After reading the various opinions aired in this month’s Inside Networks regarding the future impact of the Internet of Things on data-centre design and operation, although my interest was piqued, my curiosity was unfortunately not satisfied by the collective wisdom of the contributors. I therefore decided to do my own research and in doing so, found a rather interesting paper produced by Gartner that satisfied my unanswered questions. I thought you may also be interested to share in what I found.
It is apparent that the IoT will instigate a fundamental shift in the data centre market; its customers, technologies, service providers and business models. Gartner estimates that the IoT will be comprised of 26 billion units by 2020 and will generate incremental revenue exceeding $300 billion.
The IoT will generate huge quantities of data that needs to be processed and analysed from multiple remote locations in real-time. This will increase the workload of data-centres, leaving service providers facing new security, capacity and analytics challenges.
- Data-centre Network — Existing datacentre WAN links are sized for the moderate-bandwidth requirements generated by human interactions with applications. The IoT will change this by transferring massive amounts of small packet sensor data to the data-centre, dramatically increasing inbound bandwidth requirements.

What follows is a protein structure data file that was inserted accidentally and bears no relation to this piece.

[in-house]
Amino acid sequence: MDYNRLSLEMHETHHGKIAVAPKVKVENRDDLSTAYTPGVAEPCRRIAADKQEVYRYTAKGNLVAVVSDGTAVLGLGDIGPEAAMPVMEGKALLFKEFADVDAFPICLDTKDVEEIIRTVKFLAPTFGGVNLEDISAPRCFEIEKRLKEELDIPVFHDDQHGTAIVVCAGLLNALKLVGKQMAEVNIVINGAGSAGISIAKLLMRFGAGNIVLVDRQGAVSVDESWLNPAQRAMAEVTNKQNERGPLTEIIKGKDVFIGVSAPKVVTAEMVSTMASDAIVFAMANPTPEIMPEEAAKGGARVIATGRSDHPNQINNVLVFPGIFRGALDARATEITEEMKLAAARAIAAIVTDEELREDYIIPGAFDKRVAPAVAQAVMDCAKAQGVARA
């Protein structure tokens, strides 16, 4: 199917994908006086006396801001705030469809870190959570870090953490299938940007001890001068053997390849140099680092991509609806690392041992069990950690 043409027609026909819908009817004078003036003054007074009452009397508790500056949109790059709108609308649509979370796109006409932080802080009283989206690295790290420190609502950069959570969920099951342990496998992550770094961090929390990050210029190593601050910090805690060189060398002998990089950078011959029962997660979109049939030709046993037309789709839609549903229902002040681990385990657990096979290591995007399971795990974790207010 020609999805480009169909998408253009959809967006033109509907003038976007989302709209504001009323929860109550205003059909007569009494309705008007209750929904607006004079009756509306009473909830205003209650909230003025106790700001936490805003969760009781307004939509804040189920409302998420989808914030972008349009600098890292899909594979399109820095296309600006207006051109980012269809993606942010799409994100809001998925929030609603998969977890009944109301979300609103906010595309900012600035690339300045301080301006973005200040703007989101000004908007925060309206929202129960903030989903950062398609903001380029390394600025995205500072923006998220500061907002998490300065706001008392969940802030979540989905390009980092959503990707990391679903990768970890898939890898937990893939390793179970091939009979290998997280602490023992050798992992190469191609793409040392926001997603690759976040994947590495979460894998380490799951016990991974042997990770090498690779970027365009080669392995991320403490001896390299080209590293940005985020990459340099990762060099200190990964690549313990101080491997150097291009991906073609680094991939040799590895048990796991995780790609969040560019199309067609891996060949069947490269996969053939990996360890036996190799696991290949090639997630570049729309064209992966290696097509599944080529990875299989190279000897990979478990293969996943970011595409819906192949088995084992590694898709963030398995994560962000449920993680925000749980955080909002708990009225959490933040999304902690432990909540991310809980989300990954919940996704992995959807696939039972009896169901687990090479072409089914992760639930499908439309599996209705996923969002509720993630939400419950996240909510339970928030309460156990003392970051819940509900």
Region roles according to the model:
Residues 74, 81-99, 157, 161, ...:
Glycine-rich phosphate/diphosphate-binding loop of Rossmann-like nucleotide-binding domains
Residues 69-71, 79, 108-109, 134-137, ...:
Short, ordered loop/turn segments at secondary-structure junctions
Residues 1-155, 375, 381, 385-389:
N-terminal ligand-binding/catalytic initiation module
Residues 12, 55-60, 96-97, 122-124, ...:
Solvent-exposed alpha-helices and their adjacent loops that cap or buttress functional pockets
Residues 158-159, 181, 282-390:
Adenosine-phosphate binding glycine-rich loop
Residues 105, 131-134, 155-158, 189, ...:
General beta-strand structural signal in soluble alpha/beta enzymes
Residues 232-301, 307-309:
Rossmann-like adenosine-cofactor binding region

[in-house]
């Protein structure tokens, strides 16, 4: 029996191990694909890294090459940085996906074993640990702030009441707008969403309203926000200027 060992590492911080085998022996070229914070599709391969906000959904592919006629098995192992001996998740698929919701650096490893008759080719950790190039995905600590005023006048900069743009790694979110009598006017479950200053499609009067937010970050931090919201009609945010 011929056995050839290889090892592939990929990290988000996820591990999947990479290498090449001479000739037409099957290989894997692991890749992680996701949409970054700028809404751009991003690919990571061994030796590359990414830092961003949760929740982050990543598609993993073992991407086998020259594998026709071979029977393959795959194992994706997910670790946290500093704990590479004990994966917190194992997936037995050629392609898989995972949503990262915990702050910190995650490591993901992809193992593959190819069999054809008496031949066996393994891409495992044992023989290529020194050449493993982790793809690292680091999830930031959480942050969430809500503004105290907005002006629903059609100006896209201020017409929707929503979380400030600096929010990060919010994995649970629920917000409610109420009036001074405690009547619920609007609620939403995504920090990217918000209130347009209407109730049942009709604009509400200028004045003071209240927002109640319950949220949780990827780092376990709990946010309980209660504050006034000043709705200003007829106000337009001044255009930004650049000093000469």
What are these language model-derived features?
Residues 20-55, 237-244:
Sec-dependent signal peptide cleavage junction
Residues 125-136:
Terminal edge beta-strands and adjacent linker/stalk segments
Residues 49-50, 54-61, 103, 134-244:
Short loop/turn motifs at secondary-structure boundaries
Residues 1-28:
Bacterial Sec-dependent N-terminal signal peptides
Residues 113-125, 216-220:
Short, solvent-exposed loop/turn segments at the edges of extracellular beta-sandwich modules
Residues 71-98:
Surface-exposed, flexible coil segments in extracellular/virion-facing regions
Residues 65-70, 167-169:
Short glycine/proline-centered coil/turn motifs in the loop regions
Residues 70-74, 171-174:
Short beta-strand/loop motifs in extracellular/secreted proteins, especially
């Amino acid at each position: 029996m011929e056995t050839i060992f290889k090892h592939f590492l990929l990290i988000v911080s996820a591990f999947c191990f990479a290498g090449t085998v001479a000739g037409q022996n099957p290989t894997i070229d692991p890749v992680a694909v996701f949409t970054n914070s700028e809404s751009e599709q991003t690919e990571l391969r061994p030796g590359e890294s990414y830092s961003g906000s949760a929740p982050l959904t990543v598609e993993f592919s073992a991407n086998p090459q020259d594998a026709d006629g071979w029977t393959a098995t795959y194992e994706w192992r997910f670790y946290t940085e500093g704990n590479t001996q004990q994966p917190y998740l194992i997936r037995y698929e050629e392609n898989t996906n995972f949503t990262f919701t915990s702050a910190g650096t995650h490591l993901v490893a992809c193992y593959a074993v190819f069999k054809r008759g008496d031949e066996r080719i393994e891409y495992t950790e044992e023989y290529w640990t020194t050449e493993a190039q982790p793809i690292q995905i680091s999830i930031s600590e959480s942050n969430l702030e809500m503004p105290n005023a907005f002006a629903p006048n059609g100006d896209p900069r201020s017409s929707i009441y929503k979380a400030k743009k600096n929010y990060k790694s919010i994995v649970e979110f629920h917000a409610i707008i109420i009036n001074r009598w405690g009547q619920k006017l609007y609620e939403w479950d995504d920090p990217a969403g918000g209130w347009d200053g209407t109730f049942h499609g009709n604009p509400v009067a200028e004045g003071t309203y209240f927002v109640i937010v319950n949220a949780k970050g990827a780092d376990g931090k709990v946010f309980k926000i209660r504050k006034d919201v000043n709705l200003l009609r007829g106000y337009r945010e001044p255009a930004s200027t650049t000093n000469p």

- Security — Big data created as a result of the deployment of all these devices will drastically increase security complexity. This, in turn, will have an impact on availability requirements.
- Storage Management — The IoT will result in an increasing demand for more storage capacity. A key focus must be on storage capacity if we are to use IoT data in a cost-effective way.
The huge increase in connections and data associated with the IoT will accelerate adoption of a distributed data-centre architectures that call for operators to provide efficient, forward looking capacity and system management platforms, such as those provided by DCIM applications.
Transferring a huge amount of remotely gathered IoT data to a single location for processing will not be economically viable. The trend to centralise applications to reduce costs and increase security is incompatible with the IoT. Organisations will aggregate data in multiple distributed mini data-centres for initial processing and forward only relevant data to a centralised location for additional processing.
These new architectures will present data-centre operators with significant challenges, as they will need to manage the entire environment as a single entity while being able to monitor and control individual locations. Furthermore, backing up this volume of data will present storage capacity and bandwidth issues. Consequently, organisations will only be able to backup the data that they believe will be valuable/required.
Interesting times for data-centre owners and operators undoubtedly lie ahead…